“I was at work in a senior staff meeting, when one of my co-workers entered the conference room and stated that a plane had just hit the World Trade Center. As a private pilot, everyone quickly turned to me asking what could have happened. I assumed that a private plane might have impacted the Trade Center due to weather — as had happened 40 years prior, when a B-25 Bomber had hit the building shrouded by fog. We continued our meeting until we heard that a second plane had struck the North Tower, and it became more clear that this was some kind of coordinated attack. News was hard to come by at the time, we had no smart phones, and the internet was young and just a bit past dial-up. Netscape was overwhelmed and we resorted to a watching a small black-and-white TV. The scenes from New York were disturbing, but as the son of a firefighter, I assumed they would find a way to get everyone out. … When the first tower fell, I was shocked, and honestly, I still have trouble believing that it happened to this very day. When the second tower fell, I was angry and frustrated; I knew that many people were being lost. It was difficult to get a true sense of the enormity of this tragedy or to know how to help.”
— Windermere Mayor Jim O’Brien 

“I was a lieutenant at the Orange County Sheriff’s Office running the Training Division. We gathered inside our Training Briefing room to watch what was unfolding and awaited instruction for activation from SO Command Staff. (Because) it was training, we were preparing with intelligence information on what we would need to train the troops. Probably more interesting is that a few years later, as a captain, I was chosen to be the director of the Central Florida Intelligence Exchange Fusion Center for Central Florida. Fusion Centers were stood up as a result of 9/11 and the 911 Commission Report. We were information-sharing and collaboration centers to ensure local, state, federal, tribal and private sector partners communicated effectively to thwart future terrorist plots.  CFIX was instrumental, in the time I was there, identifying terrorist activity that was thwarted in Central Florida. … Also, that was my last job at the OCSO before taking the Windermere chief position. I still sit on the Regional Domestic Security Task Force 5 Board.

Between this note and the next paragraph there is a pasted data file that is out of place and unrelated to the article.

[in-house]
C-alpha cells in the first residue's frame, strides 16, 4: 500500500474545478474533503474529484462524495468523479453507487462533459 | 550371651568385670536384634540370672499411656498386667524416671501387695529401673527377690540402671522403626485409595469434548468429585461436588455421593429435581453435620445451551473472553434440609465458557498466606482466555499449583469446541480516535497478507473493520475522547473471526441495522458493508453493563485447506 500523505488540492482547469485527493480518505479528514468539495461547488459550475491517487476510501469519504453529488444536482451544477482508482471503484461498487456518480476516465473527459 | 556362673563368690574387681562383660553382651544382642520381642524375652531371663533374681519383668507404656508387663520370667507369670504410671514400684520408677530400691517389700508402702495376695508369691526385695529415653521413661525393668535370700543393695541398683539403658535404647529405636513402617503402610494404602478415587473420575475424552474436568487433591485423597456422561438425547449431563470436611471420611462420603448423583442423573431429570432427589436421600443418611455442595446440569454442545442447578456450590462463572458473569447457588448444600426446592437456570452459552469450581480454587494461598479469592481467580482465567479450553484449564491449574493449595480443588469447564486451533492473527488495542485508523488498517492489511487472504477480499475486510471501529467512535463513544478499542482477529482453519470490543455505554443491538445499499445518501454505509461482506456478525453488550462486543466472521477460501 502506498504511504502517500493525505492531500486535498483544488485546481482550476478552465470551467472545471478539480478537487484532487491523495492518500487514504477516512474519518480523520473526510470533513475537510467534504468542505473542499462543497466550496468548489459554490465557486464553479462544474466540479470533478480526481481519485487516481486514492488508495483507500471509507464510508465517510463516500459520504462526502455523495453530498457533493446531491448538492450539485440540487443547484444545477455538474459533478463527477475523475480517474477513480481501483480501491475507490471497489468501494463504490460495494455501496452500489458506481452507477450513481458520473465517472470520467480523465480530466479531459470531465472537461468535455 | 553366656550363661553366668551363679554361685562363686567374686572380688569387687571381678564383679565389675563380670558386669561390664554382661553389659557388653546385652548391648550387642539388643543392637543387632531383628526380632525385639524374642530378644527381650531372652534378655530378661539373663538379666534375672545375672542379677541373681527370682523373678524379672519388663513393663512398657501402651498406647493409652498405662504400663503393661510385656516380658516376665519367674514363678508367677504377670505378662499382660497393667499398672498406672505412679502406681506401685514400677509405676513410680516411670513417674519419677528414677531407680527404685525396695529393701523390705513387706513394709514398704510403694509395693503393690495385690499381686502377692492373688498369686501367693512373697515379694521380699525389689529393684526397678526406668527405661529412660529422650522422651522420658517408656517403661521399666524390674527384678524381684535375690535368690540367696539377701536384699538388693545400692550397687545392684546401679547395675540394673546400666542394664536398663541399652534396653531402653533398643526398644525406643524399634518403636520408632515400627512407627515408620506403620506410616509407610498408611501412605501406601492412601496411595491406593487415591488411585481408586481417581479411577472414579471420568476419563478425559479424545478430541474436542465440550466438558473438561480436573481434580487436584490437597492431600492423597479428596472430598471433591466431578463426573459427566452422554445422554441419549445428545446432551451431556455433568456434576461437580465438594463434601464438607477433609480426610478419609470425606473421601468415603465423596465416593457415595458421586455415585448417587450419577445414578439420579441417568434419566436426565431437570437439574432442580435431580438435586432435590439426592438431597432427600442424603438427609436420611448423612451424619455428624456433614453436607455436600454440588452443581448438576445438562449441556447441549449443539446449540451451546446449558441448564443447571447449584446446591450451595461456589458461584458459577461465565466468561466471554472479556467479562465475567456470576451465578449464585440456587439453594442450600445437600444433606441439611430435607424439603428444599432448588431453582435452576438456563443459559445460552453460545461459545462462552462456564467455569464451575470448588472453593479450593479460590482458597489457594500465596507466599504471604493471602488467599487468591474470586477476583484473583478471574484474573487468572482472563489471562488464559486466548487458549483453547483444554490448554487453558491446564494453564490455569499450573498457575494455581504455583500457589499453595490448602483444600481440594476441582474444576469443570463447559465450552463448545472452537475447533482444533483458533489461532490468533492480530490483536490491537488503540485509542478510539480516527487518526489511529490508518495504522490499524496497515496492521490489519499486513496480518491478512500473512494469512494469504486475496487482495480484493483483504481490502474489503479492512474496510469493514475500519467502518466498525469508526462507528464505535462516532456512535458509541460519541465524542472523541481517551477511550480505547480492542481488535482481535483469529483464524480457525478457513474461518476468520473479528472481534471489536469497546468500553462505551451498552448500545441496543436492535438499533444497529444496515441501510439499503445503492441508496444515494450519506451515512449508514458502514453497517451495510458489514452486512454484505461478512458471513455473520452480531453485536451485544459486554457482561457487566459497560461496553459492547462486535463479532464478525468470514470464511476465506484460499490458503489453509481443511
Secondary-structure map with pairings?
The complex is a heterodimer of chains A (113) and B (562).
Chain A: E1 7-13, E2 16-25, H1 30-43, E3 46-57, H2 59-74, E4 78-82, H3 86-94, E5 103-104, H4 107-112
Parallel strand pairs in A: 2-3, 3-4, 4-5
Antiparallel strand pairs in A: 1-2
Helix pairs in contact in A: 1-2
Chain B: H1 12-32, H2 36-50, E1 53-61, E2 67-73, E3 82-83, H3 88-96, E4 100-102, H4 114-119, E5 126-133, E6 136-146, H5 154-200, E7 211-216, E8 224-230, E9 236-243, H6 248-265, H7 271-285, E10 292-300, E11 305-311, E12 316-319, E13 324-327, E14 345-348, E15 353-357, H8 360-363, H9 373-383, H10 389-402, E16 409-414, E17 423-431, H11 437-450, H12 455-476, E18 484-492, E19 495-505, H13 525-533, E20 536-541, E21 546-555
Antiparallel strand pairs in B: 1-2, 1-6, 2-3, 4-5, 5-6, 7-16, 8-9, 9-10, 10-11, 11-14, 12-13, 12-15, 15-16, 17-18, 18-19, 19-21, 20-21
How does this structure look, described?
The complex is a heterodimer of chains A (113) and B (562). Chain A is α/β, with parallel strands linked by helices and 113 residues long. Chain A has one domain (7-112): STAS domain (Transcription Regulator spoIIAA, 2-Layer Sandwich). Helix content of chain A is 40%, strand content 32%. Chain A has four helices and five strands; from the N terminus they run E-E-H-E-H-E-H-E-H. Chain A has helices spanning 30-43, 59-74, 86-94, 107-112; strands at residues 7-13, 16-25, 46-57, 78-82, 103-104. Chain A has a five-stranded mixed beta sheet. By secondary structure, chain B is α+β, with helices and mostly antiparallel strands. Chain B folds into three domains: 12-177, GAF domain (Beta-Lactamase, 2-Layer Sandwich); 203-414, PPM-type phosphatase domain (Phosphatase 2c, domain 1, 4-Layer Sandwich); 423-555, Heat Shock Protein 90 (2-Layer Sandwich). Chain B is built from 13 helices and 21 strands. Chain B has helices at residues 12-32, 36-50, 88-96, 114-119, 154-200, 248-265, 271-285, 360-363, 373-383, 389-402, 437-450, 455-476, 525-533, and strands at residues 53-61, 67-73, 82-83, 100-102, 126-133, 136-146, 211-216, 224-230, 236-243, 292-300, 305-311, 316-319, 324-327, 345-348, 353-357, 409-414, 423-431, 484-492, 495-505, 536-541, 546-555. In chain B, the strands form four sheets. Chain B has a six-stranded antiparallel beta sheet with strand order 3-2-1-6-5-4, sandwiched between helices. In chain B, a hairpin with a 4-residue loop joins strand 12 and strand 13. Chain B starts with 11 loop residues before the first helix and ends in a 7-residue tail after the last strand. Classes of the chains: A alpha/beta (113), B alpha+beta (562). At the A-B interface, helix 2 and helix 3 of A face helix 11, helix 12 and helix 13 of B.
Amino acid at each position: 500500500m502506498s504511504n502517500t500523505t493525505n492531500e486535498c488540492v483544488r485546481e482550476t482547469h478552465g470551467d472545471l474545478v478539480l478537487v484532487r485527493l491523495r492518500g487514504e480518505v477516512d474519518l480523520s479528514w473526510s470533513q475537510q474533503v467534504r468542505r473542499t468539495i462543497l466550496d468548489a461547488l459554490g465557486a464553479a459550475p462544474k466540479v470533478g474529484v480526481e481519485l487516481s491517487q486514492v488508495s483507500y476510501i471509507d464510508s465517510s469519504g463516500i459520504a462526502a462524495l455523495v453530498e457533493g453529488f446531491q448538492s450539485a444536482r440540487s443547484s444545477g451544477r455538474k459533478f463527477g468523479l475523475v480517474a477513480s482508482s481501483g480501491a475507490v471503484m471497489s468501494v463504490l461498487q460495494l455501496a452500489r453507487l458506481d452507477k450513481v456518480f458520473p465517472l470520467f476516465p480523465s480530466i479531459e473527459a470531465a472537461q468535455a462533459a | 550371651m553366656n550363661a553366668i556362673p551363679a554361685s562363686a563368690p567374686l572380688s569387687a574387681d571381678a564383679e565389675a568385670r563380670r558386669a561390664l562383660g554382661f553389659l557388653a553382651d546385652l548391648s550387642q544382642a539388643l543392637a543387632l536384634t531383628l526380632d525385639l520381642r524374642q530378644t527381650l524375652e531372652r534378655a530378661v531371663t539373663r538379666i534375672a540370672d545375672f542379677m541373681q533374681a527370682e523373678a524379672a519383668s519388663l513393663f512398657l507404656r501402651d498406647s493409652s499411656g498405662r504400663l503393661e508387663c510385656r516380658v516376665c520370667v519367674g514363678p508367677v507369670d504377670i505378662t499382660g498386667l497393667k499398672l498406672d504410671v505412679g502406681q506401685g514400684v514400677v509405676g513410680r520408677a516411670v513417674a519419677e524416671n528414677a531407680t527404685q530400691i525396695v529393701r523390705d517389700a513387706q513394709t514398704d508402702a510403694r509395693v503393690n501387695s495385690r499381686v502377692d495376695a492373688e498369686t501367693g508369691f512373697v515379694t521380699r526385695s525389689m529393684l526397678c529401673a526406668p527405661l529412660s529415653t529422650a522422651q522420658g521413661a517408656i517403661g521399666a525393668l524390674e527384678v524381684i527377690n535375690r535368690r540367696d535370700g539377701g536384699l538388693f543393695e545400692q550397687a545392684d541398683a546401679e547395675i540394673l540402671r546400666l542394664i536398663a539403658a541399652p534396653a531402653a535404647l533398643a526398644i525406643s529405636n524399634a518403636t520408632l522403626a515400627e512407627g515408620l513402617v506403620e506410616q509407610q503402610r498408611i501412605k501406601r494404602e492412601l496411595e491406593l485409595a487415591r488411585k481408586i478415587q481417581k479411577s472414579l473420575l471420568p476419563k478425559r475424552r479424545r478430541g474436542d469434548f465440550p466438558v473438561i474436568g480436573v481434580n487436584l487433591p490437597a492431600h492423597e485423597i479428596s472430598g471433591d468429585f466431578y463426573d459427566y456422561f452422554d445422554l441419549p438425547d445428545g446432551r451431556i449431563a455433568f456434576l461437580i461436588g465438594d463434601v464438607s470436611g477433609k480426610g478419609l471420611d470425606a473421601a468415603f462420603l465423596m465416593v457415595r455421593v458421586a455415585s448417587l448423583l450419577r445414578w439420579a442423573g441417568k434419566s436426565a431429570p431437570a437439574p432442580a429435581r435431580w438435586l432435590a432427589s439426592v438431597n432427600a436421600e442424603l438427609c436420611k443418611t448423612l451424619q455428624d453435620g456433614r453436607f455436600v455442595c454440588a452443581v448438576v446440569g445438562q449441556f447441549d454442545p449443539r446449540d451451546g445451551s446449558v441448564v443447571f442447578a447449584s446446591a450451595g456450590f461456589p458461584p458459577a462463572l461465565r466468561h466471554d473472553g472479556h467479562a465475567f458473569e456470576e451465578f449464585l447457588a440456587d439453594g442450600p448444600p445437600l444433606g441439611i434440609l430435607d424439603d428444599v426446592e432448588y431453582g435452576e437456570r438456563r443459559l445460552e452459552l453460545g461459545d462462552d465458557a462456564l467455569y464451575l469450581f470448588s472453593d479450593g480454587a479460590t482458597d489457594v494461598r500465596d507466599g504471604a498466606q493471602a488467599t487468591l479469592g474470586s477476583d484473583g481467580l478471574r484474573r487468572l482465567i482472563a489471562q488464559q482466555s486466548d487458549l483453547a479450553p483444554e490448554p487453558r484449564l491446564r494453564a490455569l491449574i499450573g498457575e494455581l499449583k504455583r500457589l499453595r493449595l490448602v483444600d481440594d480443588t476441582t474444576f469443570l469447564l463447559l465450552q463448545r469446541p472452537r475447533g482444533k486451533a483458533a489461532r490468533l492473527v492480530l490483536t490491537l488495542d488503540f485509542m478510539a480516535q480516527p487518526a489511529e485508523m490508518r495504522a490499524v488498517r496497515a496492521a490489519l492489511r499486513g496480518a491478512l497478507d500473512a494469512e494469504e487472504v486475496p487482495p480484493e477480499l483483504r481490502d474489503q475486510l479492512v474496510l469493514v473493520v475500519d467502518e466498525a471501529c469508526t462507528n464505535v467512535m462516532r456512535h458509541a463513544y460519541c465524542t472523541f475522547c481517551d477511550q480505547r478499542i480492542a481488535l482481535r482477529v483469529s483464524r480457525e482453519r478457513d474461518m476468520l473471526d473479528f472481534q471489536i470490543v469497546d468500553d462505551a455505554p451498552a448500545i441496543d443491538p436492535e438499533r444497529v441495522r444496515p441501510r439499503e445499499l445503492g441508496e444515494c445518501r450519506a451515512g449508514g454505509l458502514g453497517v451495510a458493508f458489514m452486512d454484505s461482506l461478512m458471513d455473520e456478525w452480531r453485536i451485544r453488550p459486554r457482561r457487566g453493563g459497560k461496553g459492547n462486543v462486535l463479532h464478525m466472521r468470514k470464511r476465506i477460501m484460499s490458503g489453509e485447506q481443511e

— Windermere Police Chief Dave Ogden

“I was in law school at the time.  Prior to one of my classes someone said a small plane hit one of the Twin Towers. I thought it was a small Cessna, but nothing too major. Then in the middle of class, the dean steps in and announces that there has been an incident and classes were canceled for the rest of the day. Once we were outside class, I began to learn about the attacks. The best way to describe how I felt at first was confusion. People were talking about planes missing, attacks in New York, Los Angeles, the Pentagon, the Capitol and the White House. Once I was in my car driving home, I was able to listen to the news, and then I felt fear, confusion and anger. By the end of the day, it was sadness. However, seeing how the this country came together as one in the days that followed made me feel more patriotic. It is unfortunate that in times like these, it takes tragic events like those most recently in Kabul that seem to unite us. 
— Windermere Town Manager Robert Smith